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Old 2nd August 2005 | Show parent
 
Gear Nut
 
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Michael,

I wish I could recommend something that would suit your taste but I can't. I have a nice group of mics that I use when micing acoustic instruments but my approach is to use an appropriate mic for what part I have to record at that time. That also depends on how dense the arrangement is. I do this with just about every instrument I or others play and need to record.

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I've been recording myself mostly. What I've been doing in these unofficial shootouts is hit record and move, either myself and the guitar (rolling chair), or the mic around until it sounds good in the headphones.
That's the only way I know how to do it when I have to record myself. I also use 2 sets of cans, one open for mic placement and one sealed for recording. I either keep the pre's and daw controller within reach or have someone else help with those. I end up in some pretty interesting positions but none of them really too uncomfortable to record for short periods.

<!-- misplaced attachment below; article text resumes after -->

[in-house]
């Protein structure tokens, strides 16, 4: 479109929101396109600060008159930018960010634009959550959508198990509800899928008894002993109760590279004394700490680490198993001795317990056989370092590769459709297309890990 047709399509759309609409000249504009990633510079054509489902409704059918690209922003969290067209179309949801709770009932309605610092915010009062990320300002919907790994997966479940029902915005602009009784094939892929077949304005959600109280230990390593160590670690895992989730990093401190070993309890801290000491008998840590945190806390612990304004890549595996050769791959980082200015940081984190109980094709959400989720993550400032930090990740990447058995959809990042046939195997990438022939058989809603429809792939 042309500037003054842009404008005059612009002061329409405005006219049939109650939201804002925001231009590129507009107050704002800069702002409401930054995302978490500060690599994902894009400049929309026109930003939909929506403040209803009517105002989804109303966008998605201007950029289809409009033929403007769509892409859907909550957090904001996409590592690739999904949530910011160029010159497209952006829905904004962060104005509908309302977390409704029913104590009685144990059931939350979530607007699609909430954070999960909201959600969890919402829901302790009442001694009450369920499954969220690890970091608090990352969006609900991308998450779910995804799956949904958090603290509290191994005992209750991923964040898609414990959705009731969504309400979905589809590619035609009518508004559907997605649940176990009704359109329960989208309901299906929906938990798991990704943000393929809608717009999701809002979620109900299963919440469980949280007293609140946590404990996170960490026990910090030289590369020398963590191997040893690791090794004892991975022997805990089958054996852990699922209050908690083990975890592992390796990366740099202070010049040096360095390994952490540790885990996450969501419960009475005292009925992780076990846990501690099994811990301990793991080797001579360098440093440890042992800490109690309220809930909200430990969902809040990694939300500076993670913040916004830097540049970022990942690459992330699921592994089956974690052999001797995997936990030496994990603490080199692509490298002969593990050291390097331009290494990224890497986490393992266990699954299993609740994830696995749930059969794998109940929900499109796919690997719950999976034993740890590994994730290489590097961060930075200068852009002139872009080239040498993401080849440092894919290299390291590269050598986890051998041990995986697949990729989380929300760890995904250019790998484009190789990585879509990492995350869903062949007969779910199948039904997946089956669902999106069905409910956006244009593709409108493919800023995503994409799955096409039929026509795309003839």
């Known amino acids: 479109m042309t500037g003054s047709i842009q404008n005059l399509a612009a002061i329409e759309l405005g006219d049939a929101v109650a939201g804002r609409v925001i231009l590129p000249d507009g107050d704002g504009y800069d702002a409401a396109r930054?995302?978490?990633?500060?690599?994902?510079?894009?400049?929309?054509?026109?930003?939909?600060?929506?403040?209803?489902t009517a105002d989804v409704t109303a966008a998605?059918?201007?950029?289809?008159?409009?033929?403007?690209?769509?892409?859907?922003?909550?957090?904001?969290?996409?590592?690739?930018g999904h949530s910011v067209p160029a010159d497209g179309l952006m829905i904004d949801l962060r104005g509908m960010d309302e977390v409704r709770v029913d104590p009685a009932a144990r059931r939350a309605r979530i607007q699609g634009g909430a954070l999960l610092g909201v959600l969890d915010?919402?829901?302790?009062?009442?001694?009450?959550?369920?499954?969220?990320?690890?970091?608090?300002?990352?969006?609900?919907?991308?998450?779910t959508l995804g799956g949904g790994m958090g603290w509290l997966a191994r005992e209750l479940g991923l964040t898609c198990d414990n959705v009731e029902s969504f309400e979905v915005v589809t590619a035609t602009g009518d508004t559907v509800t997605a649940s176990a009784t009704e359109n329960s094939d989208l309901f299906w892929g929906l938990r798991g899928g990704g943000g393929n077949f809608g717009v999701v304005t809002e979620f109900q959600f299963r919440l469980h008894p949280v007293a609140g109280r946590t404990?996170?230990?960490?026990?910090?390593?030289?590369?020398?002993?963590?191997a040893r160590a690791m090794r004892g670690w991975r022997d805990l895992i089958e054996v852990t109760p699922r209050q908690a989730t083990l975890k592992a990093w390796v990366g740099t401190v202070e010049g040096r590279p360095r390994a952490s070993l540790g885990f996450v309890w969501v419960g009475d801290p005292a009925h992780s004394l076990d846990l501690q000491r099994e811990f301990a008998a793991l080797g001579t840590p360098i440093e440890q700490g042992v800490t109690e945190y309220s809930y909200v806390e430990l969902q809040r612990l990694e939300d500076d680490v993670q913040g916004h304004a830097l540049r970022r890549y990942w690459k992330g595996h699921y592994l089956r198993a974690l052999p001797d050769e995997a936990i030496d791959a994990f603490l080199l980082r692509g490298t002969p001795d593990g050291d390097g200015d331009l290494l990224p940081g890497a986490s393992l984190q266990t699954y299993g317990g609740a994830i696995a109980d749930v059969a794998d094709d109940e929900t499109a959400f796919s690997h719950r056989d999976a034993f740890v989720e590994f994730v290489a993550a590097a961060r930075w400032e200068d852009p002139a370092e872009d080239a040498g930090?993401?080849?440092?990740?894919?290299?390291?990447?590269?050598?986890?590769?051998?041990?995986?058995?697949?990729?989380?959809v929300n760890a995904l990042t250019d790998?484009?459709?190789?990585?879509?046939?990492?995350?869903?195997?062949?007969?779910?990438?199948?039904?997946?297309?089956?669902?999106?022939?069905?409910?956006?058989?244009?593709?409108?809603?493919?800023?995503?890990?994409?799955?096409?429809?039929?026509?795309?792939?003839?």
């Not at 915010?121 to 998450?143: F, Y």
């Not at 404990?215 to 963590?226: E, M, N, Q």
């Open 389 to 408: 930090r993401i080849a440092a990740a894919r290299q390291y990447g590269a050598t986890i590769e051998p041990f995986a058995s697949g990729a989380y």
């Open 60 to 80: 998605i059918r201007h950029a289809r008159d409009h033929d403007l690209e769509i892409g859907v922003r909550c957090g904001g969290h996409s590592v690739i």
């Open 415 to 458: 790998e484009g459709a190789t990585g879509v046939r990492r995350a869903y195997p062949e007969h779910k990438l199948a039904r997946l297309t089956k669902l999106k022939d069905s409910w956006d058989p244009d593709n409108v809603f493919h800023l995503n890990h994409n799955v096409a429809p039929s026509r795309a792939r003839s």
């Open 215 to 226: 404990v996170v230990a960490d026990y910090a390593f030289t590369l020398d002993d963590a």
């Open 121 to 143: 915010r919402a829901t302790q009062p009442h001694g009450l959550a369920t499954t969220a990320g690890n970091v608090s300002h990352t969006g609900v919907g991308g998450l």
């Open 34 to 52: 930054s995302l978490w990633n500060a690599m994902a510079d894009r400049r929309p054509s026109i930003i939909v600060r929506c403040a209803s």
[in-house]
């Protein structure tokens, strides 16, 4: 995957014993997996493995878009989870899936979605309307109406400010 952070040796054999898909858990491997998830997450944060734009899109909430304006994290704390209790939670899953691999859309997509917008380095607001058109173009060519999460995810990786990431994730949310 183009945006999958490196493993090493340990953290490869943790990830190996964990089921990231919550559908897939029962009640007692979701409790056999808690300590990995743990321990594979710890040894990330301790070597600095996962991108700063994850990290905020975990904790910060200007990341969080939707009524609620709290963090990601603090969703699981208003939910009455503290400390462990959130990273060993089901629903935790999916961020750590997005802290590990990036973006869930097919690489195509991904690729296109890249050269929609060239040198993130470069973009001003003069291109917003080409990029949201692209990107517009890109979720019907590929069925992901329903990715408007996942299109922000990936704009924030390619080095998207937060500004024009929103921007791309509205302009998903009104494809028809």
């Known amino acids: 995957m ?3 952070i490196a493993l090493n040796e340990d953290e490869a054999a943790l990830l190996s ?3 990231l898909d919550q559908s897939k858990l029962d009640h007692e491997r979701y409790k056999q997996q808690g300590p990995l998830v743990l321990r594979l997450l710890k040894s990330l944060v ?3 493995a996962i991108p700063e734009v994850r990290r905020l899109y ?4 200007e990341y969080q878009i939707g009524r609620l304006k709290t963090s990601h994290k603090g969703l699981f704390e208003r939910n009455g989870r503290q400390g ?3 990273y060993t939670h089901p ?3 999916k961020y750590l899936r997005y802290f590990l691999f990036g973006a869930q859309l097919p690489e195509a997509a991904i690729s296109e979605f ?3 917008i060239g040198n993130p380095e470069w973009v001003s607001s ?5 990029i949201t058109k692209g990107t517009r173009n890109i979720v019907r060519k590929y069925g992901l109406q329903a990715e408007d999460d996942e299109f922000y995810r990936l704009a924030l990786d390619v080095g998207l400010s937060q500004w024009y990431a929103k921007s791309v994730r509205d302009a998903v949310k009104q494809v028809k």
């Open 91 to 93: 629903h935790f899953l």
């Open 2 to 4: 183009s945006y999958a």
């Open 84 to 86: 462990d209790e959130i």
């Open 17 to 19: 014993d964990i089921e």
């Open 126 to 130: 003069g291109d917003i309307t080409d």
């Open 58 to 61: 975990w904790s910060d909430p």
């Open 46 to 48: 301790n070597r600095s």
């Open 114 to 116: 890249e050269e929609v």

Quote:
What do you guys think of the Earthworks SR30 (aka SR77) at those distances (1.5 feet or more)
Anytime I'm using omni's or a LDC set to omni, It will always be very close to the guitar unless I'm micing the room for depth or special effect.

I don't really have a favorite mic for ac gtr. I tend to only record with with 2 steels and 1 nylon. They all sound totally different. I tend to pick either steel string guitar and mic combination for timbre more than anything else.

One thing that I started doing a LONG time ago and repeat every couple of years as a refresher is a mic shootout. (not only ac gtr).

It can be a real pain but it really helped me to get to know my instruments and microphones, what they do and the character they have.... how they sound on and off axis, how they sound on different parts of the guitar (or other instrument), how they "punch", how they react with nails and different guages of picks, what's better for percussive vs strums vs solo, etc, how different mics blend together, etc. Now when recording a part, it's relatively easy to pick an appropriate mic for the part. It's not about what sounds best it's about what sounds appropriate for the part and genre of music. I do have a "best" sounding mic for each gtr but to be honest I only use that when it's appropriate for the application. Once you know your mics, you can pretty much guage what each of your pre's will do to them (assuming you know them as well- although I've been majorly surprised more than once)

Over the years, this has worked much better for me than just using 1 or 2 standard mics. Hope this helps or sheds different light on the matter...